NGV Australia, Federation Square
Level 3, Twentieth Century Australian Art (Gallery 13)
3 Jun 03 – 17 Aug 03
Rover Thomas was born in about 1926 at Gunawaggi near Well 33 on the Canning Stock Route in the Great Sandy Desert of Western Australia. He was of the Wangkajunga people on his father’s side, and Kukatja from his mother’s people. From an East Kimberley perspective, he belonged to the Joolama subsection or skin group. From the age of ten until he settled at the Aboriginal community called Warmun near Turkey Creek, Rover Thomas ‘grew up’ in his tribal culture, moving with his family to various pastoral stations, later to work as a stockman in the Kimberley and the Northern Territory. In the 1940s while living at Billiluna Station in the south Kimberley he was fully initiated into traditional lore.
As with many contemporary Aboriginal artists, Rover Thomas started to paint quite late in his life. Mary Màcha, who was based in the Kimberley as a field officer for the Department of Employment in the early 1980s, was influential in raising public awareness of this newly emerging art from the Kimberley, through her role in sourcing and marketing artifacts from the region. Rover, having observed the success that Paddy Jaminji enjoyed as an artist at this time, introduced himself to Màcha; ‘Rover Thomas: I want to paint.’ This marked the beginning of a comparatively brief but intense creative period that would establish him as one of Australia’s finest painters, in his lifetime.
His early paintings were on boards made with his uncle Paddy Jaminji and produced for use in the Kurirr Kurirr ceremony, which was ‘given’ to Rover in a dream following the death of a female relative. The ceremony took the form of a series of dances with many song verses that traced the woman’s spirit journey from the time of her death, which occurred over a whirlpool off the coast of Derby to the place of her birth near Turkey Creek. While traditional mythology and storytelling play an important role in the paintings of Rover Thomas, he saw the landscape as both a physical location and spiritual site.
The barramundi is a recurrent subject in Aboriginal art, and in several of Thomas’s paintings the Barramundi Dreaming is represented in terms of traditional mythology and its direct association with a topographical site.Bedford Downs Massacre and Camp at Mistake Creek are just two of a series of paintings based on the ‘Killing times’, which feature massacre sites from the early settlement of the Kimberley. While these images describe actual events of cultural and social importance as remembered and passed down in oral history; they are at the same time, superb planer constructions of colour and form as in the dominant, central black shape and contrasting ‘country’ of Lake Paruku.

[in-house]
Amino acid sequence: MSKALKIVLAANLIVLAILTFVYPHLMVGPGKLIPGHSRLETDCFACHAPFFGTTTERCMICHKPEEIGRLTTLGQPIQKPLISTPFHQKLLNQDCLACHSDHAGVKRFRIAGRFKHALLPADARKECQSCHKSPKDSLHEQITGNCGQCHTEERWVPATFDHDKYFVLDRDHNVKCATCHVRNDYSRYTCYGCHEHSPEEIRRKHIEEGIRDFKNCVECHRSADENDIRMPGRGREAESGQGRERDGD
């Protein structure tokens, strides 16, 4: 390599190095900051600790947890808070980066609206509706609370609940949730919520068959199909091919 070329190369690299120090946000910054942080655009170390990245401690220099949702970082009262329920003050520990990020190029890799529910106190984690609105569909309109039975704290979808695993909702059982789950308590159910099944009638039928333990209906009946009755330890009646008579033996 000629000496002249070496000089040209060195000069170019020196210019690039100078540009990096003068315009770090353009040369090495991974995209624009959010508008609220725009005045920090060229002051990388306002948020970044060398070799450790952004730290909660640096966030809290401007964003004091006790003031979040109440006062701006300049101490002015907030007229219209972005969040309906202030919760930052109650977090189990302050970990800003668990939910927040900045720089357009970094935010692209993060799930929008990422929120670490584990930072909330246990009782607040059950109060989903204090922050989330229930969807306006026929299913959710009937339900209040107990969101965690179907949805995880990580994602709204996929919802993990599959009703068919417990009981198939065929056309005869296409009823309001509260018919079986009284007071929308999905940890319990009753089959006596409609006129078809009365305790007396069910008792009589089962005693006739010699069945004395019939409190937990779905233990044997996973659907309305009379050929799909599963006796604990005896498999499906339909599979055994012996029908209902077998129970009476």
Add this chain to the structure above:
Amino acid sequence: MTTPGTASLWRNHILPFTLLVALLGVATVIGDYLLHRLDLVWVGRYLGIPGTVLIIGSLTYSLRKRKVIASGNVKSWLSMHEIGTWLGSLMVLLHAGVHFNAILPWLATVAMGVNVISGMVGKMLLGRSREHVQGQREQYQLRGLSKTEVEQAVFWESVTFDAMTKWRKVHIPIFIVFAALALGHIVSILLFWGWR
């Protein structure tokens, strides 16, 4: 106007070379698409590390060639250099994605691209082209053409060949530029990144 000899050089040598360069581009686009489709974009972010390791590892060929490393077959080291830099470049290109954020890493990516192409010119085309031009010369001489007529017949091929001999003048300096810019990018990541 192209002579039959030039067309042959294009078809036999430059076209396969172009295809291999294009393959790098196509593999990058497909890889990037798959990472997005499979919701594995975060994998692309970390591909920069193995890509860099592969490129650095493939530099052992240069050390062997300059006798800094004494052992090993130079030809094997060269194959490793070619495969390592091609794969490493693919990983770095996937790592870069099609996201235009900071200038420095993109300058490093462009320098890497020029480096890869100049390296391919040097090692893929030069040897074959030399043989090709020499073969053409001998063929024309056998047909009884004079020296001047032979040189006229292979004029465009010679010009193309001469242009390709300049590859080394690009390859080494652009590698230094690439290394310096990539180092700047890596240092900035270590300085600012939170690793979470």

Mary Màcha once observed; Rover had an intense awareness of the land, and a special affinity with pigments; always preferring the pigments to be found for him, rather than obtaining them for himself. The bush gums he initially collected and used with the natural pigments and charcoal were inherently unstable, resulting in rough, loose textured surfaces that often had a slight sheen. This surface made for poor adhesion of elements of over painting, such as the white dots, which over time would break down or lift off. When he was later introduced to a virtually colourless water-soluble gum from the Kurrajong tree, a method common to the Aboriginal people at Kalumburu, he was able to achieve more stable surfaces and importantly, to maintain the matt finish of the natural pigments that he desired.
Rover Thomas was first and foremost a great painter. He loved to paint. His paintings are a form of visual language where stories of ‘country’, present and past, are a counterpoint to his direct observation of the landscape and identifiable locations, as in the painting Railway Bridge, Katherine. His is a unique vision and style that while reflecting aspects of East Kimberley rock art and ceremonial body paintings owes little to other well known forms of Aboriginal art. The deceptively simple yet powerful imagery of his paintings unequivocally stamps his work as a form of sophisticated, modernist abstraction of universal appeal.